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I am working on a project that uses 120VAC power. I have made a lot of enclosures for low voltage projects in the past, but this is my first high voltage project that needs an enclosure.

I am wondering what my options are, and what precautions I need to take to ensure my project is safe.

Ideally I would like to use a powder coated aluminum enclosure, as it matches the aesthetics of my past projects and also because I have a supplier that can do machining / uv printing at an affordable rate (enclosure prices elsewhere have generally been exorbitant, or require that I do all the machining / graphical work by hand). I want to check that this is safe and ask what precautions I should take before designing my project around this process.

Is aluminum safe? If so, should I ground the chassis? Are there other precautions that I need to be aware of?

The power input of my project is a 10A rated IEC socket, but I will likely fuse the project at 5A, in case that information is relevant.

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    \$\begingroup\$ Is this a personal project, or will you be selling it? In the first case, "safe enough" is whatever you feel comfortable with. In the latter case, "safe enough" is a matter of legal opinion -- you could still sell bare wires on a wooden board, but you probably want to either actually get UL ratings for the things, or at least design them as if you were going to. "Will it burn my house down" and "can I or my children get electrocuted" are probably the two main questions that you want to answer "no" to. \$\endgroup\$
    – TimWescott
    Sep 18 at 20:53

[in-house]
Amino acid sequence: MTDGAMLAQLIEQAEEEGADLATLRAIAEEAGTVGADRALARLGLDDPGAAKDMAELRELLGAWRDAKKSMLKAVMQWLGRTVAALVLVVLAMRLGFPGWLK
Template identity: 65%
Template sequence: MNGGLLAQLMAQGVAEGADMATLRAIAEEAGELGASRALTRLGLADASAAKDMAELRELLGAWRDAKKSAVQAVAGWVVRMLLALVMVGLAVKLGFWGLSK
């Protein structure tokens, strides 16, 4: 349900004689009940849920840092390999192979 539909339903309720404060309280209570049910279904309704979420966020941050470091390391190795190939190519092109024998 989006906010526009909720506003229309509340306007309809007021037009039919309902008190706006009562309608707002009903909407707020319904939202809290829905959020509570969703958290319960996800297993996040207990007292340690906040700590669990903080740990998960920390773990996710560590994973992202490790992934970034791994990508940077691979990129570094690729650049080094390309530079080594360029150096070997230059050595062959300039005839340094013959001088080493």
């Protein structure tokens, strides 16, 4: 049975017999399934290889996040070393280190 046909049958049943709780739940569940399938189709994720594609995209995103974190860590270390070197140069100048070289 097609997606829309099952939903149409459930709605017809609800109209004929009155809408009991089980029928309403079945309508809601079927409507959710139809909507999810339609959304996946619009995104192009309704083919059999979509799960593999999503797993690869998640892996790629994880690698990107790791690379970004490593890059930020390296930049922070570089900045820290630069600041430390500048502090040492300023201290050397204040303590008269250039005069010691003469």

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    \$\begingroup\$ Ground the chassis. \$\endgroup\$ Sep 18 at 20:54
  • \$\begingroup\$ @TimWescott This is mostly a personal project that I may be making a small run of to share with friends and other interested parties, so somewhere in between, but more on the casual side of things. Safe in this case means that a person can use it while being reasonably safe from electrocution. \$\endgroup\$ Sep 18 at 21:31
  • \$\begingroup\$ Is mains power used throughout the board? If not, you can just use an onboard isolated AC-DC supply, then you only have to worry about the high voltage pins on the AC-DC supply. \$\endgroup\$
    – DKNguyen
    Sep 18 at 21:54
  • \$\begingroup\$ @DKNguyen The project is an audio controlled AC dimmer. So there is an ac triac dimming circuit with ac input and output, as well as a low voltage section powered by a small ac to dc converter module \$\endgroup\$ Sep 18 at 21:56
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For personal mains-powered projects, I let the metal-cased stuff around my house be a guide: make sure that anything that carries 120V can't be touched by a finger from the outside of the case, make sure the case is non-trivial to open (basically -- use screws, not latches), make sure that the construction is solid enough so that if the thing is dropped the safety is still there (i.e., nothing breaks off inside and the case doesn't spring open), make sure it's fused (so, no lighting the house on fire), and make sure that 120V doesn't appear on the outside of the case unless at least two things go wrong.

That "unless two things go wrong" part can be handled by using a 3-wire plug and grounding the case, which is usually the easiest way to go.

If you're going to sell it as a commercial venture, then for your own protection you'll want to get it UL approved. Or, just shop it around to two or three Chinese contract manufacturers, and wait for a clone product to appear on store shelves here.

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  • \$\begingroup\$ Got it, thanks for the very clear and detailed answer. \$\endgroup\$ Sep 18 at 21:58
  • \$\begingroup\$ What's up with the contract manufacturers? Sounds like there's an interesting story there 🤔 \$\endgroup\$ Sep 18 at 21:59
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    \$\begingroup\$ Basically, “mister manufacturer, we’d like you to make this headphone radio set. Here’s a prototype.” Two months later you see a practically identical item at a sketchy flea market in a box labeled “cranial audio reception.” \$\endgroup\$ Sep 18 at 23:17

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